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If it’s not Value-added, it’s Waste

September 23, 2018

 

 

One of the principles of Lean Enterprise is finding and eliminating waste.  Waste is any activity that is not Value-added.  In this post, we'll define Value-added, define Waste, differentiate between classes and types of waste, and finally, provide examples across organizational functions to get you started on seeking out sources of waste that interfere with your ability to deliver a product or service which meets customer expectations and provides profits to your organization.

 

Value-added Activities

To be considered Value-added, an activity must meet three requirements:

  • A customer would willingly pay for it if he knew that it was included in the provision of the product or service

  • It must be done correctly the first time

  • It must change/transform the product or service in some way

The first two requirements may be obvious.  To understand the third, here’s an example:

Copying and pasting a list of investment account balances from one spreadsheet to another does not change the information, hence, it’s not a value-added activity.  Analyzing those numbers to make recommendations to your client to perhaps diversify her portfolio is value-added.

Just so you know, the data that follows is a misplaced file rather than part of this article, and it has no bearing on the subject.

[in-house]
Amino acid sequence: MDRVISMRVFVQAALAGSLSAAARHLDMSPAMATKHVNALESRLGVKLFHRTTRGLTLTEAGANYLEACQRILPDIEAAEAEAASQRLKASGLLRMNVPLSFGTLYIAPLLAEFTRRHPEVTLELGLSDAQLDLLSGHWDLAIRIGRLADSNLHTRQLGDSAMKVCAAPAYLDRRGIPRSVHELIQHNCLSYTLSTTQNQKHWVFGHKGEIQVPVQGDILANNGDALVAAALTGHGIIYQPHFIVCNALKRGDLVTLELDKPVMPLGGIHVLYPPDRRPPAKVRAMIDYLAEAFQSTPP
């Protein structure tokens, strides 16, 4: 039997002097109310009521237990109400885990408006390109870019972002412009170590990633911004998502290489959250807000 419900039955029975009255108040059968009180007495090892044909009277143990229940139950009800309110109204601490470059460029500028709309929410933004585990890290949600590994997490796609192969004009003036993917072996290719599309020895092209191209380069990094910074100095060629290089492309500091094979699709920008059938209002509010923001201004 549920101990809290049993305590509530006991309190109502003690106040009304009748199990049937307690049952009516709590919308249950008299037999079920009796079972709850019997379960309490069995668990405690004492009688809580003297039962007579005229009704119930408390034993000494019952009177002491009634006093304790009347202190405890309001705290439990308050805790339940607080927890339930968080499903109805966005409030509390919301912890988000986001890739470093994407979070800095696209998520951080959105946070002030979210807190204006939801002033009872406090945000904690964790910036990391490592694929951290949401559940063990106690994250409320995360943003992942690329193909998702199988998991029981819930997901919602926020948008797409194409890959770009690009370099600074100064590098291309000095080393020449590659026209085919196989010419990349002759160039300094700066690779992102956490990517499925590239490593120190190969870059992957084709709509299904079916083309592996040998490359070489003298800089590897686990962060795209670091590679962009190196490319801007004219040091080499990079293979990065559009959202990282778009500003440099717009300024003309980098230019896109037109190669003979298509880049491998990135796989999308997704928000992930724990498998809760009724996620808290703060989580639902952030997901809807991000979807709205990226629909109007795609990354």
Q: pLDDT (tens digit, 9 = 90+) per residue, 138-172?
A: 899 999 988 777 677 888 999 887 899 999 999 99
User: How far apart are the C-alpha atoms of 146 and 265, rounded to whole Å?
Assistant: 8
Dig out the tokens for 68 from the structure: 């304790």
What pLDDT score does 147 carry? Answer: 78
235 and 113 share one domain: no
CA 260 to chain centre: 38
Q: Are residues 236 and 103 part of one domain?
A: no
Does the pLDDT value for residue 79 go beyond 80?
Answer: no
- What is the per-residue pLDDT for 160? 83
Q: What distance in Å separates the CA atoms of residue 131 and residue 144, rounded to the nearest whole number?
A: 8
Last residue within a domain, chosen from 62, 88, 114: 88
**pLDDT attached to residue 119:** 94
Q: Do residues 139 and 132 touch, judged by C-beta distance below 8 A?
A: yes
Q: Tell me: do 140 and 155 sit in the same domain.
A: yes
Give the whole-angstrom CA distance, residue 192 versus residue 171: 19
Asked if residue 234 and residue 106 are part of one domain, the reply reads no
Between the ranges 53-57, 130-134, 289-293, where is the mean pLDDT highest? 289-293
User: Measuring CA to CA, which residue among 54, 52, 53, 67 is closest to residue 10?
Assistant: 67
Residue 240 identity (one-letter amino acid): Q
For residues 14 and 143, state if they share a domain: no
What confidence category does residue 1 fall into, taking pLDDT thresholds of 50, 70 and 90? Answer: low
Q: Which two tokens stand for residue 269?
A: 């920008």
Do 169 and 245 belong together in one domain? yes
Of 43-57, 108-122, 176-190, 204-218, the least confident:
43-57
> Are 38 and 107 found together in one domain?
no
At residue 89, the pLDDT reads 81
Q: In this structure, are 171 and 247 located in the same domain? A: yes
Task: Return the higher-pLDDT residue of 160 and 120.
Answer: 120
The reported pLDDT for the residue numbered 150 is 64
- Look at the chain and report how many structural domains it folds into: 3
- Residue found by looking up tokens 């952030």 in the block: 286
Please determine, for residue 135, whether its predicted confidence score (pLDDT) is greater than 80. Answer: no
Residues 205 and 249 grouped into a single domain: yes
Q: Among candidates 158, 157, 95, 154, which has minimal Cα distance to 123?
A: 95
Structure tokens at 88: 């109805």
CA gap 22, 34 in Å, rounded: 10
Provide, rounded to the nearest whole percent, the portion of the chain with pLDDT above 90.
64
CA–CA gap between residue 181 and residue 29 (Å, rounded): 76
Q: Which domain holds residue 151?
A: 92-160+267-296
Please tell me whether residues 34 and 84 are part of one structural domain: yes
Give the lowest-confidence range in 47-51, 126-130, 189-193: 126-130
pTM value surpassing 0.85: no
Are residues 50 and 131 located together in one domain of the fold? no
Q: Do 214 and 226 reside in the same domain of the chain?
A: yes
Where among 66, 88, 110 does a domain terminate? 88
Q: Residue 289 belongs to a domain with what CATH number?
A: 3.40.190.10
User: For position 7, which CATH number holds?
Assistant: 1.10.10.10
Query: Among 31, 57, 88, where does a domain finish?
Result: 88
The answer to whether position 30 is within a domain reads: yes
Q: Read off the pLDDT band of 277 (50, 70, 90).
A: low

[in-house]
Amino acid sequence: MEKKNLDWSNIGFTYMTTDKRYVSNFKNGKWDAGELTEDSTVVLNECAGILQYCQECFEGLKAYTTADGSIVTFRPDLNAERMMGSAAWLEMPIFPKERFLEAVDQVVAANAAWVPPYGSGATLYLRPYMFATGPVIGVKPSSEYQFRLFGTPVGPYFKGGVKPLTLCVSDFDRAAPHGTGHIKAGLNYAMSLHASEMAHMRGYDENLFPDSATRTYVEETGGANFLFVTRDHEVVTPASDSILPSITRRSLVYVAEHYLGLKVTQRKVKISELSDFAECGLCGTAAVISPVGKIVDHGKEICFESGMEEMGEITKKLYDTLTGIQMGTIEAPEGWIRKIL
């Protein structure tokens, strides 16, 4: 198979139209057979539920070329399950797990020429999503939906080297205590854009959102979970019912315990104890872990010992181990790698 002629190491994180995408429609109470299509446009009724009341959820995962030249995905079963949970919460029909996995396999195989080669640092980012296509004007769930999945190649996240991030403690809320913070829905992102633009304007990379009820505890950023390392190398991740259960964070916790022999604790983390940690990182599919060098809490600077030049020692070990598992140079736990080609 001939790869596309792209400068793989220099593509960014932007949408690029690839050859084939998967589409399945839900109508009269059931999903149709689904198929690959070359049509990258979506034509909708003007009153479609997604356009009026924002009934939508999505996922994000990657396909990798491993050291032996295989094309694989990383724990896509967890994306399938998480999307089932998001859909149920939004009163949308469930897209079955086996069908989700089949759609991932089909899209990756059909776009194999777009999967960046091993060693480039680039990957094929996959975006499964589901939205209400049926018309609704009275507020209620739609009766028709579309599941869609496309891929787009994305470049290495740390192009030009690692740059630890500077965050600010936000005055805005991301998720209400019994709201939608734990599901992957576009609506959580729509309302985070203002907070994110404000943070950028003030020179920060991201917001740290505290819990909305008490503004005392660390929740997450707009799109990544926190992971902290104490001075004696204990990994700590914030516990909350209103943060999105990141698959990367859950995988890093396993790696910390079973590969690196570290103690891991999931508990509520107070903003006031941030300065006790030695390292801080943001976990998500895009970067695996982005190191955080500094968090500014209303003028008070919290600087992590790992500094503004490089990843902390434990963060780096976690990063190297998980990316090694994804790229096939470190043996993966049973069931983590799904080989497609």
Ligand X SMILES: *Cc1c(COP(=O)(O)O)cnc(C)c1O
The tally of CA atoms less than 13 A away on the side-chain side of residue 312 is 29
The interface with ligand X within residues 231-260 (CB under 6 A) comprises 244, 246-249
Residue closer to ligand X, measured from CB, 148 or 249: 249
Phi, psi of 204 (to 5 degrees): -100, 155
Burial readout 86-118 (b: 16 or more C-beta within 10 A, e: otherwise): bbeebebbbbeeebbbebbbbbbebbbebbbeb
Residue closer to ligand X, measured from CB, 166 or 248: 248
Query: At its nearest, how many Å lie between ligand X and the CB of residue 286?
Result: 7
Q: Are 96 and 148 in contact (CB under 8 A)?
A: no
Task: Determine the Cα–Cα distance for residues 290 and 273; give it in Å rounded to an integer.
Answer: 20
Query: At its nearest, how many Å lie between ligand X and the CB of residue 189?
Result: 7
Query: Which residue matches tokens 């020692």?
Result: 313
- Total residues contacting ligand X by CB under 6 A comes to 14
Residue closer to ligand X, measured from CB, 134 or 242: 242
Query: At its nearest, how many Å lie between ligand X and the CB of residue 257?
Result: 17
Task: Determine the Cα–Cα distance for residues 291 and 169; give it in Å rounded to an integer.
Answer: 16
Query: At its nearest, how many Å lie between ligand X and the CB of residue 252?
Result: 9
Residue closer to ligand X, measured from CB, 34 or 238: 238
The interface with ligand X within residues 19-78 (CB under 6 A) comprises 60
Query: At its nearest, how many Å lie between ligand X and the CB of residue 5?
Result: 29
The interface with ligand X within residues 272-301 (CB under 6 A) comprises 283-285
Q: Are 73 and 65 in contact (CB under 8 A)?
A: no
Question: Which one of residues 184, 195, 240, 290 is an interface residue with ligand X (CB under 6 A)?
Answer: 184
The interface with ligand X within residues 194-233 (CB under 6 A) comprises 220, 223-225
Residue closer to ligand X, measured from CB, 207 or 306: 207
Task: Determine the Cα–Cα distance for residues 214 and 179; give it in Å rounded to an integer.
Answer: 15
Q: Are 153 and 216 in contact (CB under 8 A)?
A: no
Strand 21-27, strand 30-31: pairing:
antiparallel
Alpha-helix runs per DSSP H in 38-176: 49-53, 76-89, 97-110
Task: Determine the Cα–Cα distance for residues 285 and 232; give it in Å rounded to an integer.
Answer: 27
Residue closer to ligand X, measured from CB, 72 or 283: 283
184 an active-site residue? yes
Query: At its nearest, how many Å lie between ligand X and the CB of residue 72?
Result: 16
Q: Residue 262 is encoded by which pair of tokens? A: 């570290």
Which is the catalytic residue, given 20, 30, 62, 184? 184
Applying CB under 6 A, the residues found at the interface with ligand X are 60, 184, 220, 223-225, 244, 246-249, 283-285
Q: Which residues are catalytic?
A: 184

Waste Defined

Waste, therefore, is any action or activity that is not value-added.  The goal of Lean is to eliminate any non-necessary waste and minimize the amount of necessary waste.  Necessary waste???  Sometimes, there are factors beyond your control which cause waste.  These could be due to regulatory requirements (information duplicated on several different forms), for example.

 

There are many articles which cover the types of waste, with examples in one particular area.  Refer to the table, below, with examples of waste across several functions.  This might be a great start for you to uncover sources of waste in your function.

 

How to Proceed

Did these examples look familiar to the situation in your organization?  If so, unfortunately, you usually can’t just stop doing something wasteful. But once you’ve identified some likely culprits, you can charter a Lean Six Sigma project or a Rapid Improvement event to improve the process, finding better ways of doing it, resulting in better quality, improved safety, shorter cycle times, and greater productivity, all of which will contribute to higher profitability, along with many other benefits.

 

 

Examples of the 8 Types of Waste

 

 

 

 

 

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